U.S. Still Fueling Arms Race in the Middle East

By:  Jack Kenny
01/03/2012
       
U.S. Still Fueling Arms Race in the Middle East

The $30 billion sale of arms to Saudi Arabia, announced by the Obama administration on Thursday is a continuation of a history of U.S. weapons sales that has resulted in the arming of a wide array of enemies as well as friends of America in the Middle East and other parts of the world. The deal includes the sale of 84 F-15 jets and “assorted weaponry” to the Arab kingdom, the Washington Post reported. It also provides for the modernization of 70 of the Saudi's current aircraft, as well as munitions, spare parts, training, and maintenance. The announcement comes at a time of increasing tension between the United States and the Saudis' neighbors in Iran and threats and counter-threats surrounding the strategically important Persian Gulf region.

“This sale will send a strong message to countries in the region that the United States is committed to stability in the Gulf and broader Middle East,” Andrew Shapiro, assistant Secretary of State for political-military affairs, told reporters. But the history of arms sales in the region has shown that the allies we arm one year may turn out be our enemies the next.

In the years preceding the Islamic revolution in Tehran, the United States sold tens of billions of dollars worth of military hardware and technology to the Shah of Iran. When the revolution ushered in the reign of  Ayatollah Khomeini, America was confronted with a new enemy in the Middle East, one armed with American high-tech weapons.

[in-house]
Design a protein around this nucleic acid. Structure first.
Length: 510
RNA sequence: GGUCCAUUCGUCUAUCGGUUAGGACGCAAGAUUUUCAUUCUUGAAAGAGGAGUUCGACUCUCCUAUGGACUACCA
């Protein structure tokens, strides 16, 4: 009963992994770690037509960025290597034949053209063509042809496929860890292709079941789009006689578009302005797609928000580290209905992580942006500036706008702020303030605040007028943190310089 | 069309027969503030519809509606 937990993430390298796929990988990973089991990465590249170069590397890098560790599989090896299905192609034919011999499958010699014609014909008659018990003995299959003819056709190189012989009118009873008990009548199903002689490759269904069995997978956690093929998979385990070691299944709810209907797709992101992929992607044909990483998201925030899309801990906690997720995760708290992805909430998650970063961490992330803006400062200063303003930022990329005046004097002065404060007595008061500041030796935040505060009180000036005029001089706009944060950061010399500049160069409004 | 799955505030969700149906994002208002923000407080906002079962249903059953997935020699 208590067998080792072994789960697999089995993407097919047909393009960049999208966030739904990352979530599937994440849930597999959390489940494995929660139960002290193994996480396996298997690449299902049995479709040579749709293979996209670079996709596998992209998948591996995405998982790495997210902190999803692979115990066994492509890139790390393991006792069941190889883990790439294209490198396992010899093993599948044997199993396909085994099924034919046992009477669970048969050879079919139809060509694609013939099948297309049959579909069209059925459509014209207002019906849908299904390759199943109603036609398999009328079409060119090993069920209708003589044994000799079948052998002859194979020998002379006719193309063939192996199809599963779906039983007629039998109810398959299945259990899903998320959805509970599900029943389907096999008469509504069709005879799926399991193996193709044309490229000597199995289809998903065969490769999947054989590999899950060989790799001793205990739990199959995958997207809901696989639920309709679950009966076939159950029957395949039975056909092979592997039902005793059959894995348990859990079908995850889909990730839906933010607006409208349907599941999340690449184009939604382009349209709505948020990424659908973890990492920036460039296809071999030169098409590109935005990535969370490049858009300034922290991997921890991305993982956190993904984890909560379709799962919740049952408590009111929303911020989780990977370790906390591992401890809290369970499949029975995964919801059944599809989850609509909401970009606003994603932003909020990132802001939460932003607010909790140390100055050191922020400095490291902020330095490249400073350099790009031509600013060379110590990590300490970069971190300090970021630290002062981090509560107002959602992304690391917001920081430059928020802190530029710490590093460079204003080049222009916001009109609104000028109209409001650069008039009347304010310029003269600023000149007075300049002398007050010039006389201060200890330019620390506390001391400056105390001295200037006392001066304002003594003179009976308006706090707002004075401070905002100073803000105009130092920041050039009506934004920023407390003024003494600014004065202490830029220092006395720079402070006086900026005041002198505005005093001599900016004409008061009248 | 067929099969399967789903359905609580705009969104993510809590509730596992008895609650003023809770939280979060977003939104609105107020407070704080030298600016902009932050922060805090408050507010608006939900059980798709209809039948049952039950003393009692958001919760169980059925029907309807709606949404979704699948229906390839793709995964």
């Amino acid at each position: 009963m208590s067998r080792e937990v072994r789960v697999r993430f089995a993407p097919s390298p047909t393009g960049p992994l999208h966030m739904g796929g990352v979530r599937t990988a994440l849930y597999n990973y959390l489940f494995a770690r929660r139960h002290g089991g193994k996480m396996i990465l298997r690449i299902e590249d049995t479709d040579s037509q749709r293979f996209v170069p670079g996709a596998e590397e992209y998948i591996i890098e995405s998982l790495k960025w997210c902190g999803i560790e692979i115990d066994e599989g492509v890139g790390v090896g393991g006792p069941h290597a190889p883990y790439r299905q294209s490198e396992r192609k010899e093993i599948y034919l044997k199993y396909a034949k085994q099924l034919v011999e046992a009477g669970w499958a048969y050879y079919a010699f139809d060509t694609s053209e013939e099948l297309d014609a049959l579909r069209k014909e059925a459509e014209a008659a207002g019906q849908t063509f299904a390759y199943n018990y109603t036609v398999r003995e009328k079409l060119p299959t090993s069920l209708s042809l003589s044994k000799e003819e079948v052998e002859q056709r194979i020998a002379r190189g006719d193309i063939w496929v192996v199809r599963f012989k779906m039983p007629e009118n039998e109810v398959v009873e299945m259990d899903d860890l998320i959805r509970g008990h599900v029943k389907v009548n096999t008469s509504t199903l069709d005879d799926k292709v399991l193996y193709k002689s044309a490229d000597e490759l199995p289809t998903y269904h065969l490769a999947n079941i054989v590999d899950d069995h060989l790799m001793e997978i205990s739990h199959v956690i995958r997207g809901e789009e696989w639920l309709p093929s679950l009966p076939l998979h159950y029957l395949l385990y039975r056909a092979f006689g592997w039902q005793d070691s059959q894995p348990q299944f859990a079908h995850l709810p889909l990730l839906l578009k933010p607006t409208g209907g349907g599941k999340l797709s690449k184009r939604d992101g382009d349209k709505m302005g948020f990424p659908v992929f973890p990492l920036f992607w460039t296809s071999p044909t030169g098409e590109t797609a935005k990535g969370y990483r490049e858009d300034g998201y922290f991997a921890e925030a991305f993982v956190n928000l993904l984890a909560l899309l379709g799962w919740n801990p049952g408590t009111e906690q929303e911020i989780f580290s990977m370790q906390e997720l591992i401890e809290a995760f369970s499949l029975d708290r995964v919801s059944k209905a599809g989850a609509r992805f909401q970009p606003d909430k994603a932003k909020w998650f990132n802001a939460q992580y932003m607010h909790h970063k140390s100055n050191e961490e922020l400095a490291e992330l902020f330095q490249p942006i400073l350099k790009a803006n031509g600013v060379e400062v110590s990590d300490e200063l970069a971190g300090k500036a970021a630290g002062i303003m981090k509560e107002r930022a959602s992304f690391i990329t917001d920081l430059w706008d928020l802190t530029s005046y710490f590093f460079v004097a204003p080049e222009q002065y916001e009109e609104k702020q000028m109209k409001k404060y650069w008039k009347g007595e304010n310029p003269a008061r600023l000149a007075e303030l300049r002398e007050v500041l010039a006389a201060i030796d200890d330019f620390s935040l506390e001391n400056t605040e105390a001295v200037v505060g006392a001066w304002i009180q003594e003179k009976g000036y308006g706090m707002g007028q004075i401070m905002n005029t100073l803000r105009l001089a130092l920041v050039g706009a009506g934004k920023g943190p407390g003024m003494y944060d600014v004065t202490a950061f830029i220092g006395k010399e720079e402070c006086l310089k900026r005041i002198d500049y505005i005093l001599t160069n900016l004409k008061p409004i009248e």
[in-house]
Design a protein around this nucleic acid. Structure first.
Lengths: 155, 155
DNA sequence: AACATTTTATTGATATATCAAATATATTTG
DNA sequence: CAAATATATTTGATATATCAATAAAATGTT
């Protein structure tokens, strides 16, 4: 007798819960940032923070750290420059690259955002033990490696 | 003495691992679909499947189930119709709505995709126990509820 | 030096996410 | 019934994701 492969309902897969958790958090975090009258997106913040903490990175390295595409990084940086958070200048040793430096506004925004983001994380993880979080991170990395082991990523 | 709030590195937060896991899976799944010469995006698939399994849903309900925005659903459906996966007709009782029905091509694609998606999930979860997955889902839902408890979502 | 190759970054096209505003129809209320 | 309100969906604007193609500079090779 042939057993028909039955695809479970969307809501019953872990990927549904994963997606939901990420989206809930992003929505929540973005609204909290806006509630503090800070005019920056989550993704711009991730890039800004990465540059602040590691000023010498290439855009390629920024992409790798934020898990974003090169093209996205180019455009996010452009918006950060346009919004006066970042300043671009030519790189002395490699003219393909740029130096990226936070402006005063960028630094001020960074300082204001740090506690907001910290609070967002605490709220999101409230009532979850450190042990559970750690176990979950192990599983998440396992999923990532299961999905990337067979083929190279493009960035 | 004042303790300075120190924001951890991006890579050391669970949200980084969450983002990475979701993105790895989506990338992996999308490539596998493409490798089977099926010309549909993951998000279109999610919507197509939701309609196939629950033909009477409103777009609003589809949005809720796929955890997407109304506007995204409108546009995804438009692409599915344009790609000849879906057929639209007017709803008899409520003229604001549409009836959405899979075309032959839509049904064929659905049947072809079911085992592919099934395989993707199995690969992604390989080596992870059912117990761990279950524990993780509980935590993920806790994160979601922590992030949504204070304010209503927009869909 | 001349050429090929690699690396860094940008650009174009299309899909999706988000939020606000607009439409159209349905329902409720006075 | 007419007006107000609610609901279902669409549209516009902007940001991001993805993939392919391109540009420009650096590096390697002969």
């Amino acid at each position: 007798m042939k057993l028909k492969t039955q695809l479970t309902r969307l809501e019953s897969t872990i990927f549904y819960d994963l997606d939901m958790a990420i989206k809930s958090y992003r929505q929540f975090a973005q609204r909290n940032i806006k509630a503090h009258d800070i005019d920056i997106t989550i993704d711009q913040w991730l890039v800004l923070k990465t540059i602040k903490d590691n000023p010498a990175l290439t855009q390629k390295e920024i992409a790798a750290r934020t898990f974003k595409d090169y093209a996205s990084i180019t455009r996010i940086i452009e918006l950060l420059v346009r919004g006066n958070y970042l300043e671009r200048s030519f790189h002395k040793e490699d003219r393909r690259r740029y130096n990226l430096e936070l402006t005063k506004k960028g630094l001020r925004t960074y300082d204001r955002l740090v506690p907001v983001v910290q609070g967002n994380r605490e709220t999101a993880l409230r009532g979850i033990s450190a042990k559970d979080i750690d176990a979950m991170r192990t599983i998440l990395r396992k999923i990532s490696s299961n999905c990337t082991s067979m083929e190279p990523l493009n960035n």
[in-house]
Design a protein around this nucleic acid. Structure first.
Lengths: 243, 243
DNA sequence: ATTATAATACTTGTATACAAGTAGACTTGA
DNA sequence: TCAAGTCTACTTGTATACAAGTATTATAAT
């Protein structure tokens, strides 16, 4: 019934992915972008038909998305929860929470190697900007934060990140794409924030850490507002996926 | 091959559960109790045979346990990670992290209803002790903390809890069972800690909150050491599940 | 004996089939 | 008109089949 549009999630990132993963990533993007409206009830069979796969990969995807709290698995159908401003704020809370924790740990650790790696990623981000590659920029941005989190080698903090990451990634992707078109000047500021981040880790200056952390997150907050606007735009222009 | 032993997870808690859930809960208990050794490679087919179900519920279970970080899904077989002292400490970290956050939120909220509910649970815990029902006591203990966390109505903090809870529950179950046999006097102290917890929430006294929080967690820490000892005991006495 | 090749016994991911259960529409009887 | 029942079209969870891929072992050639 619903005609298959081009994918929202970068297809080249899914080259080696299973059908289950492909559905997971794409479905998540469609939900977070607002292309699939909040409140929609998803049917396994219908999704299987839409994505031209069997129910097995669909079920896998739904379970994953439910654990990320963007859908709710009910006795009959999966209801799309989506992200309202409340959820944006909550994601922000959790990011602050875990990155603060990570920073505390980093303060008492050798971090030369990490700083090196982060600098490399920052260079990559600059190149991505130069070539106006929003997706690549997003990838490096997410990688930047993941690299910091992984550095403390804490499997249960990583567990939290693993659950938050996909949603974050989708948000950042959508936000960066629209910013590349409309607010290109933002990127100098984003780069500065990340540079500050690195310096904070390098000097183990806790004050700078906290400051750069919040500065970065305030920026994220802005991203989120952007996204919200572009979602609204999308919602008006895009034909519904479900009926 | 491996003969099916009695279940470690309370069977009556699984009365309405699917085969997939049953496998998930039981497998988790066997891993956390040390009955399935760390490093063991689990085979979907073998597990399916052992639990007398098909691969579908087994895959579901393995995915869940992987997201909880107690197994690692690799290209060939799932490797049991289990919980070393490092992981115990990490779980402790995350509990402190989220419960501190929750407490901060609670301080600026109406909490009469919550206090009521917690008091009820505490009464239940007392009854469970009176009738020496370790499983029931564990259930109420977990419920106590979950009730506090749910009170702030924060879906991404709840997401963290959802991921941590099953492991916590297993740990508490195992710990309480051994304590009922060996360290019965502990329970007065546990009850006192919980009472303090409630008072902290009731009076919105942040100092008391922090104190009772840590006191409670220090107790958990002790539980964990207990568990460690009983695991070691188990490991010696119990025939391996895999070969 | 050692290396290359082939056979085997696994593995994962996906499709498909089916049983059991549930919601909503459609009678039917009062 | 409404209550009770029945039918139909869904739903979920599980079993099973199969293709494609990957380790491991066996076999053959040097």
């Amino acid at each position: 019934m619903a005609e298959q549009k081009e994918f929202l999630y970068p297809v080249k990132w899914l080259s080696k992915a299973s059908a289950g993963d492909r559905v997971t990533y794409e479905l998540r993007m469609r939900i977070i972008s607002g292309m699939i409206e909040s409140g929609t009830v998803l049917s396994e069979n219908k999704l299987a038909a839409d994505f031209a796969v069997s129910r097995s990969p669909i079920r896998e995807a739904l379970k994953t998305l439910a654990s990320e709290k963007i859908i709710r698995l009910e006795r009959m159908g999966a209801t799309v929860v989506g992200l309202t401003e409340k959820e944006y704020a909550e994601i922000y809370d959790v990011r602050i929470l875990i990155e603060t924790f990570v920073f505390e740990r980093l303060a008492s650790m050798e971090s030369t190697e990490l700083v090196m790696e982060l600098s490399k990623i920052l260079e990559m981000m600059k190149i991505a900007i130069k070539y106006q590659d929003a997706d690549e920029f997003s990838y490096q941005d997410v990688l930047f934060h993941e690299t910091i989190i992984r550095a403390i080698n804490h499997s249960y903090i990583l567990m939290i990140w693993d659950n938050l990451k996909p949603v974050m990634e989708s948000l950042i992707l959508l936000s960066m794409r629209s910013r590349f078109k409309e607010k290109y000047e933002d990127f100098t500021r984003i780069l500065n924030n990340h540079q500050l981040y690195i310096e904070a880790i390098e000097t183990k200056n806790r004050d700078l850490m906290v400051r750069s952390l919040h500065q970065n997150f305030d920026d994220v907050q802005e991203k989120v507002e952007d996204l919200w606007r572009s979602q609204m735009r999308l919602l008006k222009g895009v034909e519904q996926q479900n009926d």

The $30 billion sale of arms to Saudi Arabia, announced by the Obama administration on Thursday is a continuation of a history of U.S. weapons sales that has resulted in the arming of a wide array of enemies as well as friends of America in the Middle East and other parts of the world. The deal includes the sale of 84 F-15 jets and “assorted weaponry” to the Arab kingdom, the Washington Post reported. It also provides for the modernization of 70 of the Saudi's current aircraft, as well as munitions, spare parts, training, and maintenance. The announcement comes at a time of increasing tension between the United States and the Saudis' neighbors in Iran and threats and counter-threats surrounding the strategically important Persian Gulf region.

“This sale will send a strong message to countries in the region that the United States is committed to stability in the Gulf and broader Middle East,” Andrew Shapiro, assistant Secretary of State for political-military affairs, told reporters. But the history of arms sales in the region has shown that the allies we arm one year may turn out be our enemies the next.

In the years preceding the Islamic revolution in Tehran, the United States sold tens of billions of dollars worth of military hardware and technology to the Shah of Iran. When the revolution ushered in the reign of  Ayatollah Khomeini, America was confronted with a new enemy in the Middle East, one armed with American high-tech weapons.

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Photo of F-15 jets: AP Images

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